it looks like this:

Note that each step of the computation relies on the previous computation, i.e. this algorithm will execute serially and we make no use of hardware parallel processing capabilities. If we use `std::reduce`

with the `std::execution::par`

policy then it could look like this:

This is a trivial amount of data for processing in parallel, but the benefit gained when the data size is scaled up should be clear: some of the operations can be executed independently of others, so they can be done in parallel.

A common question is: why do we need an entirely new algorithm for this? Why can’t we just overload `std::accumulate`

? For an example of why we can’t do this, let’s use `std::minus<>`

instead of `std::plus<>`

as our reduction operation. With `std::accumulate`

we get this:

However, if we try to use `std::reduce`

, we could get something like:

Uh oh. We just broke our code.

We got the wrong answer because of the mathematical properties of subtraction. You can’t arbitrarily reorder the operands, or compute the operations out of order when doing subtraction. This is formalised in the properties of *commutativity* and *associativity*.

A binary operation ∗ on a set S is *associative* if the following equation holds for all x, y, and z in S:

(x ∗ y) ∗ z = x ∗ (y ∗ z)

An operation is *commutative* if:

x ∗ y = y ∗ x

Unfortunately there’s no way for the compiler to reliably check that some operation is associative and commutative, so we’re stuck with having `std::reduce`

as a separate algorithm. In concepts speak, this is called an axiom: a requirement imposed on semantics which cannot generally be statically verified.

### Input vs. Forward Iterators

I couldn’t find any reasoning in the original standards papers for the separate overloads for input and forward iterators. However, my educated guess is that this is to allow library implementors to chunk up the data in order to distribute it to a thread pool. Indeed, this appears to be what MSVC’s implementation does.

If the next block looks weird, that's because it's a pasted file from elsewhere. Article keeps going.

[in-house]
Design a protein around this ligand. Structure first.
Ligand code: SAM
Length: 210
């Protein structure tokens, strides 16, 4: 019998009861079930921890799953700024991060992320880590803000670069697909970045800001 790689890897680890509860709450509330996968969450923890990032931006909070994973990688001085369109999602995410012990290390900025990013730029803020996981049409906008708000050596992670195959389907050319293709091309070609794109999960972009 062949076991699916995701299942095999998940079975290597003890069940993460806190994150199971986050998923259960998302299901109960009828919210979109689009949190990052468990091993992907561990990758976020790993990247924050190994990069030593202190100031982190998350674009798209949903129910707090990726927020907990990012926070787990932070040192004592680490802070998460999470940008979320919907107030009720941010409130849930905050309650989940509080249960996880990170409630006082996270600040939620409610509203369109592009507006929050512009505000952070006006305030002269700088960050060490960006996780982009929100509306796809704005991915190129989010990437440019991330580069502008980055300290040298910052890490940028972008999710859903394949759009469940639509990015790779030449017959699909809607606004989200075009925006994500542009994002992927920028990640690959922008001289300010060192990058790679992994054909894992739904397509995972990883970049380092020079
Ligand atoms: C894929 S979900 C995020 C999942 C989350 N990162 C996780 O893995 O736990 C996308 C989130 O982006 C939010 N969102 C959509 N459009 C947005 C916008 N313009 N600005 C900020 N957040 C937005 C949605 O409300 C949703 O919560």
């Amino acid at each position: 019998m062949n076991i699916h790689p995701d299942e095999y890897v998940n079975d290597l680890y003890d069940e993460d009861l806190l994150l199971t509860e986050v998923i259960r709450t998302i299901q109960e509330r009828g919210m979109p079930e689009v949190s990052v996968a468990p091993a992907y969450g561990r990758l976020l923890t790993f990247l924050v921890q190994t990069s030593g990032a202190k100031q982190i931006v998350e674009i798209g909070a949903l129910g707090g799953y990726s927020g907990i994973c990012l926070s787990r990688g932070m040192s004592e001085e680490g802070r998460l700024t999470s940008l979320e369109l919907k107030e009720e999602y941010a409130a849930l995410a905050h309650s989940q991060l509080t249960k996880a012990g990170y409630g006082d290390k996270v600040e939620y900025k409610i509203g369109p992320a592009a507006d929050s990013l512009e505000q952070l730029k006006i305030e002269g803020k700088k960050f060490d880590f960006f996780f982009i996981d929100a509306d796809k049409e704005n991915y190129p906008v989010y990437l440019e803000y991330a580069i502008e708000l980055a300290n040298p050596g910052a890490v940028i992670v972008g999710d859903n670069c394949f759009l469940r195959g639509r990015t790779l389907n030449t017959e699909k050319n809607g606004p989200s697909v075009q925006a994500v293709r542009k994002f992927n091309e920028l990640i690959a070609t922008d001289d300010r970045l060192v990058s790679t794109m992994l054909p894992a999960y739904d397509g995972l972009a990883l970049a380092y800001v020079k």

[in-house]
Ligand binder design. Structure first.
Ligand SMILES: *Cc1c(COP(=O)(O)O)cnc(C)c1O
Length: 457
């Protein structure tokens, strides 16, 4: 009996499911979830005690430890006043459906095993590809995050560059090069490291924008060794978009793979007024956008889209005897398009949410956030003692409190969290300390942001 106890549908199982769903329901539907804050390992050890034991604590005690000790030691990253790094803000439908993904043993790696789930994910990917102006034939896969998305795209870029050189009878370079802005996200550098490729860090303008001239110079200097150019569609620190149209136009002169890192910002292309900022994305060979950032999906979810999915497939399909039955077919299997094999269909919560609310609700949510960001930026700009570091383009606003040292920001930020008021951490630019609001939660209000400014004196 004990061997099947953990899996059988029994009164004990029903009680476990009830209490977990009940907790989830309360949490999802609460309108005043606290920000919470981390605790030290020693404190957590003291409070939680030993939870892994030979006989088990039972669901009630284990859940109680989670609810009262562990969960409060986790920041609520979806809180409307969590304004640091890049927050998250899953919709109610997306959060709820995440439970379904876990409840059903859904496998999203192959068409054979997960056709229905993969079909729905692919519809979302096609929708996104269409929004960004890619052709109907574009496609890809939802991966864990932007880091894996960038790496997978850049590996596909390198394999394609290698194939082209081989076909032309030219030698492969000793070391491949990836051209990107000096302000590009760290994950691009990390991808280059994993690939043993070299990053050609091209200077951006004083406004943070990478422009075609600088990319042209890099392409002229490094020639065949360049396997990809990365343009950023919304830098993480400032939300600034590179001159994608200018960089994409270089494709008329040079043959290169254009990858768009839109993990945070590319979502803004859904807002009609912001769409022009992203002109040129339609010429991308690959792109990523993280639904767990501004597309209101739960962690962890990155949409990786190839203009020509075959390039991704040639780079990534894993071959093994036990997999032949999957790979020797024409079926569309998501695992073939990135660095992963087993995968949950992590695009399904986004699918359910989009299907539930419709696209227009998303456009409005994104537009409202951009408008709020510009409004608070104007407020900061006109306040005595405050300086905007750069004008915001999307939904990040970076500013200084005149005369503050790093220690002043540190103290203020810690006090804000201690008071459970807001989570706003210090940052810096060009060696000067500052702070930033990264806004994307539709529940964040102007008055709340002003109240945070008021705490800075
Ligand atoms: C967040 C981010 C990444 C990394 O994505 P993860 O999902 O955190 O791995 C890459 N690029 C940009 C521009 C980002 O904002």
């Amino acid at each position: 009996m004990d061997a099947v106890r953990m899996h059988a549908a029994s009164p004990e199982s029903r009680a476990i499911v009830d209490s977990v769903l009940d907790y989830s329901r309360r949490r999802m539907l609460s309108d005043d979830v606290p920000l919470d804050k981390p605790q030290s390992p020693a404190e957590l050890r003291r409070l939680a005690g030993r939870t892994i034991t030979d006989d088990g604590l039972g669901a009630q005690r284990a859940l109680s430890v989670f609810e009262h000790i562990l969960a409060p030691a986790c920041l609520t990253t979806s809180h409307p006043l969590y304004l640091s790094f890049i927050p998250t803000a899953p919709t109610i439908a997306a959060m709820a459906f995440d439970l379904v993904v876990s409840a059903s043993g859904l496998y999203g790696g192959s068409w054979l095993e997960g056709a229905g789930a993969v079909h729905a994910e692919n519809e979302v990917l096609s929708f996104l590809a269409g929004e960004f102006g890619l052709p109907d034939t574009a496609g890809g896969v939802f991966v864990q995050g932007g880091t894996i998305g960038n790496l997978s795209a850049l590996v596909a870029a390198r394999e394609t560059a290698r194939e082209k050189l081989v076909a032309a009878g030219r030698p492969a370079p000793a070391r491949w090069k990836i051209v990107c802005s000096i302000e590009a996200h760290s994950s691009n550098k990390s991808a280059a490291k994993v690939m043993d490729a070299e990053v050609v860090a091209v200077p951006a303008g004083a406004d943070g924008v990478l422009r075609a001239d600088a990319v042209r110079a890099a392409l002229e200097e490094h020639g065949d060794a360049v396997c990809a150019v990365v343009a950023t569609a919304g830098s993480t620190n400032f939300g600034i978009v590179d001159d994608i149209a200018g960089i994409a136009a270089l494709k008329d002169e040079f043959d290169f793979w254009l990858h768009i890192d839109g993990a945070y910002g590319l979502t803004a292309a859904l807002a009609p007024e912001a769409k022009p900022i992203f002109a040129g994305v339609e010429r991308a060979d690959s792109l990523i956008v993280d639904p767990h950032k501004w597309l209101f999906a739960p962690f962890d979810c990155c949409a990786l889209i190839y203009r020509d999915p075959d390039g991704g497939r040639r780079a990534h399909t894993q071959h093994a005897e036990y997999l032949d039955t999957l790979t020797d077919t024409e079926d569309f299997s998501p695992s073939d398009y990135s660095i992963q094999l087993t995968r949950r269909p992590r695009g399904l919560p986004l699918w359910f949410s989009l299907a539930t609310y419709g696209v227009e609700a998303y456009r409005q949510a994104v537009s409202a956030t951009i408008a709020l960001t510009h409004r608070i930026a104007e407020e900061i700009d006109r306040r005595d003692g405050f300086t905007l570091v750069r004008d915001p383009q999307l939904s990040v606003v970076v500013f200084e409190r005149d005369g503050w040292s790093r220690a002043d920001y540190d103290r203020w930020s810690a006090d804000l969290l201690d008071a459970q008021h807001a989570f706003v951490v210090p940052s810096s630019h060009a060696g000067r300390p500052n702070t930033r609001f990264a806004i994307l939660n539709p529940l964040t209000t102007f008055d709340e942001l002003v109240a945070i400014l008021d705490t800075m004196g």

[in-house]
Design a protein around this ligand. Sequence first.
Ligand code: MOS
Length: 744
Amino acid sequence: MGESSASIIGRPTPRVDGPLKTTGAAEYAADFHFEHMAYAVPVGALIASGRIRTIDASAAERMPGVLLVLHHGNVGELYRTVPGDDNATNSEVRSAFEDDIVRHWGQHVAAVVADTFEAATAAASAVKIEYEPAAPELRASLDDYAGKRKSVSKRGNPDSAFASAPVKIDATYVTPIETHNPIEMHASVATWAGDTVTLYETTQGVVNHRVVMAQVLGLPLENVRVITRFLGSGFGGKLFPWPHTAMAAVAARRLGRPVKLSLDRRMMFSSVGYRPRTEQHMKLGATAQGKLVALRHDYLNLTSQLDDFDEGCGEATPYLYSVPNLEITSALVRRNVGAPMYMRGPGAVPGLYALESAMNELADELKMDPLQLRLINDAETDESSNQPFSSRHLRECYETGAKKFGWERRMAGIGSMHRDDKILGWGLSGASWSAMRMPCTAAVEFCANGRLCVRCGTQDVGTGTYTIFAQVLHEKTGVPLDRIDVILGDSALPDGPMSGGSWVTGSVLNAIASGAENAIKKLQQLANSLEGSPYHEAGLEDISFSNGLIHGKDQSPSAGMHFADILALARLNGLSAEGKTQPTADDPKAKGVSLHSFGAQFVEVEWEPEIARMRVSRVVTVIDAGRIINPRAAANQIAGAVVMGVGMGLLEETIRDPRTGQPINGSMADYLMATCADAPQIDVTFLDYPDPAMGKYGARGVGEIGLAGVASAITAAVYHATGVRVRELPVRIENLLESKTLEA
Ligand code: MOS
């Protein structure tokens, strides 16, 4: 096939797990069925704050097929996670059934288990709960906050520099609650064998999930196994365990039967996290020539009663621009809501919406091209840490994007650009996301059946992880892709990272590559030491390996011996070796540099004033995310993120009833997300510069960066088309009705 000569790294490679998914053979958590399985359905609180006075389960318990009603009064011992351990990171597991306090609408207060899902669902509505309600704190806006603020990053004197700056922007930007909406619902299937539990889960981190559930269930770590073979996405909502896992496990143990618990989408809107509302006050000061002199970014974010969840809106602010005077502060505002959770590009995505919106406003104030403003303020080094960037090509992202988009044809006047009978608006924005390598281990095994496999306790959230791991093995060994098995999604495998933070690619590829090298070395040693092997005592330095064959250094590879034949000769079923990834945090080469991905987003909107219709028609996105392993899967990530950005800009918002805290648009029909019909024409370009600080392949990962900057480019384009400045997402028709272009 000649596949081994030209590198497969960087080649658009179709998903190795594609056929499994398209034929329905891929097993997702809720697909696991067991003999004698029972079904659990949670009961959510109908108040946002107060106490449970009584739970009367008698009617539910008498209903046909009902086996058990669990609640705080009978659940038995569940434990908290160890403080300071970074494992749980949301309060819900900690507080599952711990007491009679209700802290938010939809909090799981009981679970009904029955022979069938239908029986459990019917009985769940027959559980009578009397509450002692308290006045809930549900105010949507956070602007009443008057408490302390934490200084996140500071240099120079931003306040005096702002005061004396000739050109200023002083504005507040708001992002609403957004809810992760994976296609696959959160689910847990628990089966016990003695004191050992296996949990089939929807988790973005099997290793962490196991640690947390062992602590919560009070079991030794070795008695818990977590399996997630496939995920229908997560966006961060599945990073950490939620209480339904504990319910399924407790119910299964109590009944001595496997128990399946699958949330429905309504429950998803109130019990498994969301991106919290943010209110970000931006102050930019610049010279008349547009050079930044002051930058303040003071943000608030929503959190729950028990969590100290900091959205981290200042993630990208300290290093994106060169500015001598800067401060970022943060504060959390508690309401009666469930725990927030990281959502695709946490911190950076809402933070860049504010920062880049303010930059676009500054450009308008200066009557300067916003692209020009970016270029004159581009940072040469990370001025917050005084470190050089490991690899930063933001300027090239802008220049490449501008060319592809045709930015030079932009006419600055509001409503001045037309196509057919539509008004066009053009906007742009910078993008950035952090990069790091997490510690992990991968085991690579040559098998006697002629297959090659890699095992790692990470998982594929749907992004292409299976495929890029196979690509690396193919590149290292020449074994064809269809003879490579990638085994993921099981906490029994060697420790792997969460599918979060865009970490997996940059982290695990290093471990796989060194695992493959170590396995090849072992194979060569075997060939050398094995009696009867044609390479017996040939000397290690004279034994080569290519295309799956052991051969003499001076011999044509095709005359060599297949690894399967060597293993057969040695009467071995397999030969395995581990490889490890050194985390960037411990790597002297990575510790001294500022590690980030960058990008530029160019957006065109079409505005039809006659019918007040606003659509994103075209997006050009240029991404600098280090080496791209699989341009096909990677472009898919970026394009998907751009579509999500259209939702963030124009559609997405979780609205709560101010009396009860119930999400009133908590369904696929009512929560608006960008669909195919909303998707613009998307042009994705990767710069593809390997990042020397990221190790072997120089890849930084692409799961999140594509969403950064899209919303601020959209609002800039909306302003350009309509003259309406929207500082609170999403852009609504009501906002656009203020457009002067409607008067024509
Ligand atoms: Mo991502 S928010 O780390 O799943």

The idea is that input iterators are single-pass, whereas forward iterators can be iterated through multiple times. An algorithm couldn’t chunk up data indexed by input iterators because by the time it had gone through the range to work out the sub-range boundaries, the data from the iterator could have already been consumed.

### Optional Initial Element

`std::reduce`

lets you not bother passing an initial element, in which case it will default-construct one using `typename std::iterator_traits<InputIt>::value_type{}`

. I think this was a mistake. A default-constructed value is not always the identity element (such as in multiplication), and it’s very easy to for a programmer to miss out the initial element. The code will still compile, it will just give the wrong answer. I suspect that this choice will result in some hard-to-find bugs when this interface comes into heavier use.

### Finishing Up

That covers the differences between `std::reduce`

and `std::accumulate`

. My three point guide to `std::reduce`

is:

- Use
`std::reduce`

when you want your accumulation to run in parallel - Ensure that the operation you want to use is both associative and commutative
- Remember that the default initial value is produced by default construction, and that this may not be correct for your operation